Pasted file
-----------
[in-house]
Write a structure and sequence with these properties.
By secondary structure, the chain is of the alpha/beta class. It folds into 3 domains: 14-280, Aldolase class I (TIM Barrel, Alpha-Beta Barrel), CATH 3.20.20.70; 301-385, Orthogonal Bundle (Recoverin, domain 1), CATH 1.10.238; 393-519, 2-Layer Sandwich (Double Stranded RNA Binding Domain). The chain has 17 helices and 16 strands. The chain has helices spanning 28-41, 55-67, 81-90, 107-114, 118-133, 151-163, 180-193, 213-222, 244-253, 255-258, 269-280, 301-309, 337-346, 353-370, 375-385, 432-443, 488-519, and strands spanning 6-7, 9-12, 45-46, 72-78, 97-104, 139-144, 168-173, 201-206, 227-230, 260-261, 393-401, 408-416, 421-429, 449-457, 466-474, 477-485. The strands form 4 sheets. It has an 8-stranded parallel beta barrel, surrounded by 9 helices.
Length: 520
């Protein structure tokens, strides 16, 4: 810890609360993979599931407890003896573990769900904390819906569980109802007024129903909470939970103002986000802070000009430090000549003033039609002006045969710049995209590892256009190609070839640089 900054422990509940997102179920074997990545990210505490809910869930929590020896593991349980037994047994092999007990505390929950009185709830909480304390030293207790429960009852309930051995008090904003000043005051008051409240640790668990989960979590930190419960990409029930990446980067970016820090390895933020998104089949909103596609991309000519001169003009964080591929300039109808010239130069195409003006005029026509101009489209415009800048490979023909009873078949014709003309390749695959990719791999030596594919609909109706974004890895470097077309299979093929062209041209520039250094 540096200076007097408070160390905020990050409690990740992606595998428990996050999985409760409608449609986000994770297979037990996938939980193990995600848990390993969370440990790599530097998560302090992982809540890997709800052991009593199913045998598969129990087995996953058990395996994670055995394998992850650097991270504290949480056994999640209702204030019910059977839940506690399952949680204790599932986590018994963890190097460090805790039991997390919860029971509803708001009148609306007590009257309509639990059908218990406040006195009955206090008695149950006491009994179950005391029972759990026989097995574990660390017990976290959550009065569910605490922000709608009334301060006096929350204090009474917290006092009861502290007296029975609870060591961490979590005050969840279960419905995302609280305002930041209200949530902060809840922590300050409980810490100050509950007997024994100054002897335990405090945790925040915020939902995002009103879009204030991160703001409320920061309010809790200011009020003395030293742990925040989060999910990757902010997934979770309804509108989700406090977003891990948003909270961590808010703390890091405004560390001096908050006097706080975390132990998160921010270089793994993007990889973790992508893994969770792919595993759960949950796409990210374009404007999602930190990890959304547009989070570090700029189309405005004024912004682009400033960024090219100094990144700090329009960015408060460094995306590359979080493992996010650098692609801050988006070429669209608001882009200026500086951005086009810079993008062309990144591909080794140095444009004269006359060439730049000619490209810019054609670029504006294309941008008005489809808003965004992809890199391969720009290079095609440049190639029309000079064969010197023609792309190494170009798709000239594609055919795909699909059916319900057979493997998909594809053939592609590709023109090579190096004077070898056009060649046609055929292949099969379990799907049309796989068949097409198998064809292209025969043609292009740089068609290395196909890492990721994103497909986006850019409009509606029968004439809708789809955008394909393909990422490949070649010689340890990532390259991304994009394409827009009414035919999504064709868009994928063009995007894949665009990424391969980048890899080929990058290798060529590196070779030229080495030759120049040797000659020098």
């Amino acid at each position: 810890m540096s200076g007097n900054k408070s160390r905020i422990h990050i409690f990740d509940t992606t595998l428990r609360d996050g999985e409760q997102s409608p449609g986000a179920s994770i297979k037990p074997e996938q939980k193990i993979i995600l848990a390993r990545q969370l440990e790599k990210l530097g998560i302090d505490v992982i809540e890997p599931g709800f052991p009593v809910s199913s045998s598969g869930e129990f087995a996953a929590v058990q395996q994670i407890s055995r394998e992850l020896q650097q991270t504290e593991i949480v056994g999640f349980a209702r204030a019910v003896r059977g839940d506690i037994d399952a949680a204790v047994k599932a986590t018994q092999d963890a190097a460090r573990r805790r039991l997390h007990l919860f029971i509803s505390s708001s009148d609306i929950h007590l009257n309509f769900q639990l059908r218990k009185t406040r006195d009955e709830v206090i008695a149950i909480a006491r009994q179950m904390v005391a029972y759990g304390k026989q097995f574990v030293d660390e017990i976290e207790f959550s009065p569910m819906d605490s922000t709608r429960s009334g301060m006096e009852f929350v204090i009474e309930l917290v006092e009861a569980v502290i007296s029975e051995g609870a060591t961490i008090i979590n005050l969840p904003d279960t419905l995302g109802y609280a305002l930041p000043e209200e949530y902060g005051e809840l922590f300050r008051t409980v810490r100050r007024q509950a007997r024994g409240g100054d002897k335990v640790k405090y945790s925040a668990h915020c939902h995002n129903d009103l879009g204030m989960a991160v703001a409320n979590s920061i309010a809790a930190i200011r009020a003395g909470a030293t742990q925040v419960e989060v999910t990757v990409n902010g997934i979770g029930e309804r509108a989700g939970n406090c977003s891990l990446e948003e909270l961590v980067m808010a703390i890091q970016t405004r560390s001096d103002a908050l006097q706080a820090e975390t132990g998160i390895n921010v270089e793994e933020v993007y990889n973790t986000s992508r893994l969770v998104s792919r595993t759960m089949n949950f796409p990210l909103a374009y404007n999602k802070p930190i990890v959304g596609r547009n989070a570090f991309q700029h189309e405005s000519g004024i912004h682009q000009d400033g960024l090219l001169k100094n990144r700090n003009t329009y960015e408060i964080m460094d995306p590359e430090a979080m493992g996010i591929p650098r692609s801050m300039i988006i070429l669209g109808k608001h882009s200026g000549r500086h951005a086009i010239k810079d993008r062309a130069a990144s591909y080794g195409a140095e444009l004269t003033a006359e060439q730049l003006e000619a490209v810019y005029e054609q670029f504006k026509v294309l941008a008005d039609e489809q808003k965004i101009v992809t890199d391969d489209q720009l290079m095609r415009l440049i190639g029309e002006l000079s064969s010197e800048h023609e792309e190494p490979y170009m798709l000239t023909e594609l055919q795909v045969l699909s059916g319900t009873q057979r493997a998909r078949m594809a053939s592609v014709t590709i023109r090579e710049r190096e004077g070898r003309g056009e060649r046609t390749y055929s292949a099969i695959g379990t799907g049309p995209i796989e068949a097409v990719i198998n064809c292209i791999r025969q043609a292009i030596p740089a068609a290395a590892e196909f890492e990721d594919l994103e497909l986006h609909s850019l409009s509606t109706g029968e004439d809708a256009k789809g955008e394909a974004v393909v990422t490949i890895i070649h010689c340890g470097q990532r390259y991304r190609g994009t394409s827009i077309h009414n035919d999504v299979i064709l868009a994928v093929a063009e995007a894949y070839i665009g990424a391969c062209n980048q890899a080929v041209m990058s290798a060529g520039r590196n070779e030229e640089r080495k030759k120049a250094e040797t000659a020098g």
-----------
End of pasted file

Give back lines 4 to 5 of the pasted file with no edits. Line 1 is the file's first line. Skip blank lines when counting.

Length: 520
């Protein structure tokens, strides 16, 4: 810890609360993979599931407890003896573990769900904390819906569980109802007024129903909470939970103002986000802070000009430090000549003033039609002006045969710049995209590892256009190609070839640089 900054422990509940997102179920074997990545990210505490809910869930929590020896593991349980037994047994092999007990505390929950009185709830909480304390030293207790429960009852309930051995008090904003000043005051008051409240640790668990989960979590930190419960990409029930990446980067970016820090390895933020998104089949909103596609991309000519001169003009964080591929300039109808010239130069195409003006005029026509101009489209415009800048490979023909009873078949014709003309390749695959990719791999030596594919609909109706974004890895470097077309299979093929062209041209520039250094 540096200076007097408070160390905020990050409690990740992606595998428990996050999985409760409608449609986000994770297979037990996938939980193990995600848990390993969370440990790599530097998560302090992982809540890997709800052991009593199913045998598969129990087995996953058990395996994670055995394998992850650097991270504290949480056994999640209702204030019910059977839940506690399952949680204790599932986590018994963890190097460090805790039991997390919860029971509803708001009148609306007590009257309509639990059908218990406040006195009955206090008695149950006491009994179950005391029972759990026989097995574990660390017990976290959550009065569910605490922000709608009334301060006096929350204090009474917290006092009861502290007296029975609870060591961490979590005050969840279960419905995302609280305002930041209200949530902060809840922590300050409980810490100050509950007997024994100054002897335990405090945790925040915020939902995002009103879009204030991160703001409320920061309010809790200011009020003395030293742990925040989060999910990757902010997934979770309804509108989700406090977003891990948003909270961590808010703390890091405004560390001096908050006097706080975390132990998160921010270089793994993007990889973790992508893994969770792919595993759960949950796409990210374009404007999602930190990890959304547009989070570090700029189309405005004024912004682009400033960024090219100094990144700090329009960015408060460094995306590359979080493992996010650098692609801050988006070429669209608001882009200026500086951005086009810079993008062309990144591909080794140095444009004269006359060439730049000619490209810019054609670029504006294309941008008005489809808003965004992809890199391969720009290079095609440049190639029309000079064969010197023609792309190494170009798709000239594609055919795909699909059916319900057979493997998909594809053939592609590709023109090579190096004077070898056009060649046609055929292949099969379990799907049309796989068949097409198998064809292209025969043609292009740089068609290395196909890492990721994103497909986006850019409009509606029968004439809708789809955008394909393909990422490949070649010689340890990532390259991304994009394409827009009414035919999504064709868009994928063009995007894949665009990424391969980048890899080929990058290798060529590196070779030229080495030759120049040797000659020098």